Robert’s wicked delivery from set pieces proved our most effective tactic in unsettling a normally composed defence, one fantastic inswinging corner palmed over from just under the bar by a flustered Cudicini who’d strayed too far off his line. The best chance of the half fell to Bernard who, after a neat exchange of passes with Robert, moved into the penalty area with menace and saw his low shot brilliantly tipped round the post. When he’s on his game, as he was last night, the Frenchman gives us another excellent attacking option, a fact underlined by the lack of threat down the right, due in part to O’Brien’s understandable reluctance to venture into unfamiliar territory.

The half time whistle came and I – foolishly, as ever – felt very satisfied with the performance and only ever so slightly worried that we hadn’t capped it with a goal. Judging by Souness’s muted reaction to the Bernard chance, he was rather more concerned…

The second half was a similar story. We dominated in terms of possession and chances, Robert in particular unlucky to see a rocket of a free-kick saved. We didn’t test Cudicini quite often enough, though, given our superiority, and the threat of having our chips pissed on was always there – most obviously when Tiago missed a sitter after some careless defending.

Most of us could have been forgiven for a sharp intake of breath at the news that Bramble was in the line-up, but he had a fine game, his concentration for once impeccable throughout. Not only was his tackling and heading sound, his long-ball distribution helped to start several promising forays into the Chelsea half. We still desperately need someone to marshal the back line as a unit – I’m sure I wasn’t the only Newcastle fan casting envious eyes at John Terry – but Bramble at least showed there is hope for his career on Tyneside.

It was helpful, of course, that Chelsea’s forwards had a collective off day. Kezman’s tireless running was in vain, Duff was utterly anonymous and Cole’s contribution to the Blues’ cause was to commit a succession of petty and cynical fouls. Not that our attack was much sharper, though – Shearer, Kluivert and Bellamy all worked hard enough but question marks remain over the effectiveness of playing all three at once. Perhaps Souness needs to stop pandering to their egos and incur the wrath of one of them for the good of the team.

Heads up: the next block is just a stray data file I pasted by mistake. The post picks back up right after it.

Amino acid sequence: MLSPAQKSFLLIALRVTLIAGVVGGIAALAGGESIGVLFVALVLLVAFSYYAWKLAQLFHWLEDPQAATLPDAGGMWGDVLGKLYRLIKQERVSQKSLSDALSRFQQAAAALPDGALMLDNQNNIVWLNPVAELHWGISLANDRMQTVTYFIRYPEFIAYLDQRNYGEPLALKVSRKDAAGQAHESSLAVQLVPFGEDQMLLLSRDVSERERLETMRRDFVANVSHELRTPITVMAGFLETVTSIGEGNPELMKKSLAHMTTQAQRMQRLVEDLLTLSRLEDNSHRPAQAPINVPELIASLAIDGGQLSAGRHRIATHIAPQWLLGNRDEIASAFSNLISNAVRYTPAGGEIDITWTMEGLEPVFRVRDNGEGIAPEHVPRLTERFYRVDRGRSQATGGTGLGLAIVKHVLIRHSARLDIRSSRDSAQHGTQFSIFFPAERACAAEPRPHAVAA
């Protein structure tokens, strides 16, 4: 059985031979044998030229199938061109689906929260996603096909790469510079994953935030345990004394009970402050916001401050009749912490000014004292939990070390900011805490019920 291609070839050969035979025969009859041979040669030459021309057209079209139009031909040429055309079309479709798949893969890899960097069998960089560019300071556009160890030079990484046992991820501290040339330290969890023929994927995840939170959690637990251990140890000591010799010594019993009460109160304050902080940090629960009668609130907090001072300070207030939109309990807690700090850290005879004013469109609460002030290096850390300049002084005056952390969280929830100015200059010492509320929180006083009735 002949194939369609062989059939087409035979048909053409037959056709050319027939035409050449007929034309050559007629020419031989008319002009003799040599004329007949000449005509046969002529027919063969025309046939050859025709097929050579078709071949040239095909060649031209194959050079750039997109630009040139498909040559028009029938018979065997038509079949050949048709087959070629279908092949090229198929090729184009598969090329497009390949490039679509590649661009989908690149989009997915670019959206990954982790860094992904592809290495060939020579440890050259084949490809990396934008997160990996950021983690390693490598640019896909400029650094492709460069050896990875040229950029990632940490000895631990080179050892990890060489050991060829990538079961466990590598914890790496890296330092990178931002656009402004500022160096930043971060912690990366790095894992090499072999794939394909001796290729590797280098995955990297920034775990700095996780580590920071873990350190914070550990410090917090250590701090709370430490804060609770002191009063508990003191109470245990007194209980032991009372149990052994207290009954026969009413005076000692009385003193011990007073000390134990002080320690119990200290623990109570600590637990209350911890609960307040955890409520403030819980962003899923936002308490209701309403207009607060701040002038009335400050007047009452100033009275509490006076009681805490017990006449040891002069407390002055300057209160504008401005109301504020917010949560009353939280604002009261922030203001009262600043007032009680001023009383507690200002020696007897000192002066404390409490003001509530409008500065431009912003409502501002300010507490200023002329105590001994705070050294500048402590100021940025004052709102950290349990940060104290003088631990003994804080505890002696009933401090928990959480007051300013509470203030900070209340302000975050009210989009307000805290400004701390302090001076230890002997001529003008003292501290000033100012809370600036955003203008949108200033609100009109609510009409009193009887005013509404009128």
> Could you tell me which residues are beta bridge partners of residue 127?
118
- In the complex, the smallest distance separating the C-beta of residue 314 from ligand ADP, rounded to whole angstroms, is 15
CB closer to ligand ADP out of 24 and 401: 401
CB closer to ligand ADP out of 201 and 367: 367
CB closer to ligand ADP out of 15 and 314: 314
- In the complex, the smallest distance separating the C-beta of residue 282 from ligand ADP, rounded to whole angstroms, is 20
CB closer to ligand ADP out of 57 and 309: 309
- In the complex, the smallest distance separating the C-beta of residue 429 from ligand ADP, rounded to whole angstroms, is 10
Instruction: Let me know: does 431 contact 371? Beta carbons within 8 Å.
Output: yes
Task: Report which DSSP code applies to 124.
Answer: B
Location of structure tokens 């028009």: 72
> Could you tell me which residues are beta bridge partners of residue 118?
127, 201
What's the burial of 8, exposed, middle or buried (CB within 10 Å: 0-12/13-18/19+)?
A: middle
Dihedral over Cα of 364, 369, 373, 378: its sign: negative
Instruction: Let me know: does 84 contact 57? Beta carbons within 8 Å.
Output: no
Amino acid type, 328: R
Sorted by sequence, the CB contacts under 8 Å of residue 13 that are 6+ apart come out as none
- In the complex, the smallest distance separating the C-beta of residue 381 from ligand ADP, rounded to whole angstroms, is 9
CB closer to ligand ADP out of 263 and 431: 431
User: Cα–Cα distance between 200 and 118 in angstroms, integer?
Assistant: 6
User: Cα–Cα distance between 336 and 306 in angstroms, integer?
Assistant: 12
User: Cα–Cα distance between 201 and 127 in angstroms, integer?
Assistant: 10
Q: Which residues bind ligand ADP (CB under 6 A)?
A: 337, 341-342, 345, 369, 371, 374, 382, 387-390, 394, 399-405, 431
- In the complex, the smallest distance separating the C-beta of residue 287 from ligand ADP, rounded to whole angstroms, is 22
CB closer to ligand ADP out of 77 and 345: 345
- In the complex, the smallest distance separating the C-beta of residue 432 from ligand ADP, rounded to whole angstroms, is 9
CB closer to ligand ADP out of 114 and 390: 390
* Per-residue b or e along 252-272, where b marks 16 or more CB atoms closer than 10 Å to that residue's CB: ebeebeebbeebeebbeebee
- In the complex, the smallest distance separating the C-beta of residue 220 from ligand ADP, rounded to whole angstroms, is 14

After a goalless 90 minutes, the classic sucker punch duly arrived in extra time. Forgetting his record against us, I had actually welcomed the arrival of Eidur Gudjonssen onto the pitch, primarily because it involved the removal of the excellent Parker, the one major obstacle preventing us from getting at the Chelsea defence. Of course, no sooner had I opened my stupid mouth than the striker’s shot had nestled into the bottom corner. Cue the shoulder slump of resignation. The second goal hardly mattered, except to twist the knife and ensure we would be spared the indignity of another penalty shoot-out failure. It came from the boot of fellow substitute and man-of-the-moment Arjen Robben, who ghosted in to finish expertly for the third match in a row.

So that was that. Chelsea fans will consider it professional. I prefer fortuitous, but then I guess they can’t be relying purely on luck if they’re doing this week in week out.

We’re left having to wave goodbye to an eminently winnable trophy for another season, and to lick our wounds before the visit of Man Utd on Sunday. Let’s just hope we get our fair share of fortune against those red bastards, because we really could do with it.

(It gives me absolutely no pleasure to report that Chelseablog were right in their pre-match prediction. Or that their man Blingo Starr calls it “professional.)

Tuesday, November 09, 2004

Seven months

Following the developments of last week, and seeing as Chelski are in town tomorrow for our League Cup clash, it seems a good opportunity to return to the Adrian Mutu story. Mutu has received a seven month ban for failing a "random" drug test, and confessing to taking cocaine.

The fact that his employers deliberately singled him out for the test, and then sacked him following his failure of it speaks volumes for them. It shows that as an employer they wanted to set a strong example to the other players, and that they didn't give a toss about Adrian Mutu as a person. For them to pay a player thousands of pounds a week, and then to simply cut him adrift when he takes advantage of one of the many temptations undoubtedly available to him, says it all.

To then bleat about how the FA has not sufficiently reprimanded him is also ludicrous. Having previously banned Rio for 8 months for missing a test, they couldn't have given Mutu as severe a ban – otherwise the message that they send out to players would be: If you take drugs, miss the test – that way you will only get an 8 month ban. The FA had to make a stand, because it obviously can't be seen to promote recreational drugs, but must be seen to be even harder on performance enhancing drug cheats.